Skip to main content

The NHS in Somerset is urging people to attend all regular vaccination appointments to prevent outbreaks of serious diseases and reduce pressure on the health service.

The NHS is continuing to help people to manage illness linked to coronavirus but is still urging parents to bring children forward for lifesaving jabs to stop killer diseases like measles and mumps.

With many people expressing concern and even fear about seeking help during the virus emergency, the NHS is running a nationwide campaign to encourage people to come forward for help when they need it.

Essential, routine vaccinations like the MMR jab can save a child’s life and are available through family doctors. As long as those attending appointments, including parents of babies or children, do not have symptoms or are not self-isolating because someone in the household is displaying symptoms, all scheduled vaccinations should go ahead as normal.

Dr Kate Staveley, a GP in Chard and Associate Clinical Director for Women and Children’s Health at Somerset Clinical Commissioning Group, has the following advice for parents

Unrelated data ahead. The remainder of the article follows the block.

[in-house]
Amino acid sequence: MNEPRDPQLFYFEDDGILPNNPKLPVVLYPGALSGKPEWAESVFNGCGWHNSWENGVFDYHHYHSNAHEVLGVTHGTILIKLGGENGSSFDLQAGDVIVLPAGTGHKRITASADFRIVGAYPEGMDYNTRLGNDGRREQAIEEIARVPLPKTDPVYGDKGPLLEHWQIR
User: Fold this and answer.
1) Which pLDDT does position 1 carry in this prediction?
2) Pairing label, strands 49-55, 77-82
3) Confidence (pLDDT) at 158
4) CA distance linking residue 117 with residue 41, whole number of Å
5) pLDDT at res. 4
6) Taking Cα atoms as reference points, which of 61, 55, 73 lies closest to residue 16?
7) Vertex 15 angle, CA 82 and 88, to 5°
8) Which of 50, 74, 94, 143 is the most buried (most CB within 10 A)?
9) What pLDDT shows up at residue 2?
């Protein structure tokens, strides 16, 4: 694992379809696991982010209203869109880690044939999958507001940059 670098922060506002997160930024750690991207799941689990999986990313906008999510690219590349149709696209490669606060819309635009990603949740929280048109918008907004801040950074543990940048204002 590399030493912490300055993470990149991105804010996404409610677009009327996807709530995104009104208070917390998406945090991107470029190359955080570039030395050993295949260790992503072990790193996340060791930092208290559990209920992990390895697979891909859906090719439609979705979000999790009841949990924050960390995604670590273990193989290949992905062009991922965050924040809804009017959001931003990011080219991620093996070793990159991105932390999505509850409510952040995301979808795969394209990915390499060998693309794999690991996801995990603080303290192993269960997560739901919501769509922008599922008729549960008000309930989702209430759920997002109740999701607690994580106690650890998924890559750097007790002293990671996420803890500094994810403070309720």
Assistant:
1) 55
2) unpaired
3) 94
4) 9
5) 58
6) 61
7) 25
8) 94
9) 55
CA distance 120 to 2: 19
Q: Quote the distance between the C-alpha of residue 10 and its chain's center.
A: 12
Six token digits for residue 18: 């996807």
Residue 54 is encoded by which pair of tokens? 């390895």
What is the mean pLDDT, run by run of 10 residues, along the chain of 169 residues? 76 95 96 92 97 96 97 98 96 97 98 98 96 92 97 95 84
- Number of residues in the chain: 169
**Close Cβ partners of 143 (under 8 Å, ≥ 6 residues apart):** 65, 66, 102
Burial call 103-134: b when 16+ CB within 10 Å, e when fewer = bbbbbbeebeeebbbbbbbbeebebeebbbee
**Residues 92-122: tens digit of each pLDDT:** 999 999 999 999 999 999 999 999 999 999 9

“We want to reassure parents in Somerset that GP surgeries have been re-arranged in a way that prioritises you and your children’s safety, you won’t be expected to sit in a waiting room with other people for example.

“It’s really important that babies, children and pregnant women receive their routine immunisations where they can. They provide essential protection against potentially life-threatening diseases.

“Your GP is still here for you in Somerset, so if you’ve received your appointment letter, but you are anxious about coming in, please ring us and we can talk you through the measures we have put in place to keep you safe.”

The national immunisation programme is highly successful in reducing the number of serious and sometimes life-threatening diseases such as whooping cough, diphtheria and measles.

If individuals or members of a household need advice from a GP practice about symptoms not related to coronavirus, they should contact the practice online or by phone to be assessed.

Parents are advised to do this if their children have symptoms of scarlet fever as we reach the peak season between late March and mid-April. Symptoms of this include a rash, sore throat, headache and fever.

Scarlet fever mainly infects children and is most common between the ages of 2 and 8 years. It was once a very dangerous infection but has now become much less serious, with antibiotic treatment now available to minimise the risk of complications. However, there is currently no vaccine.

A full list of vaccinations and when they are available, for children and adults, is accessible through the NHS website: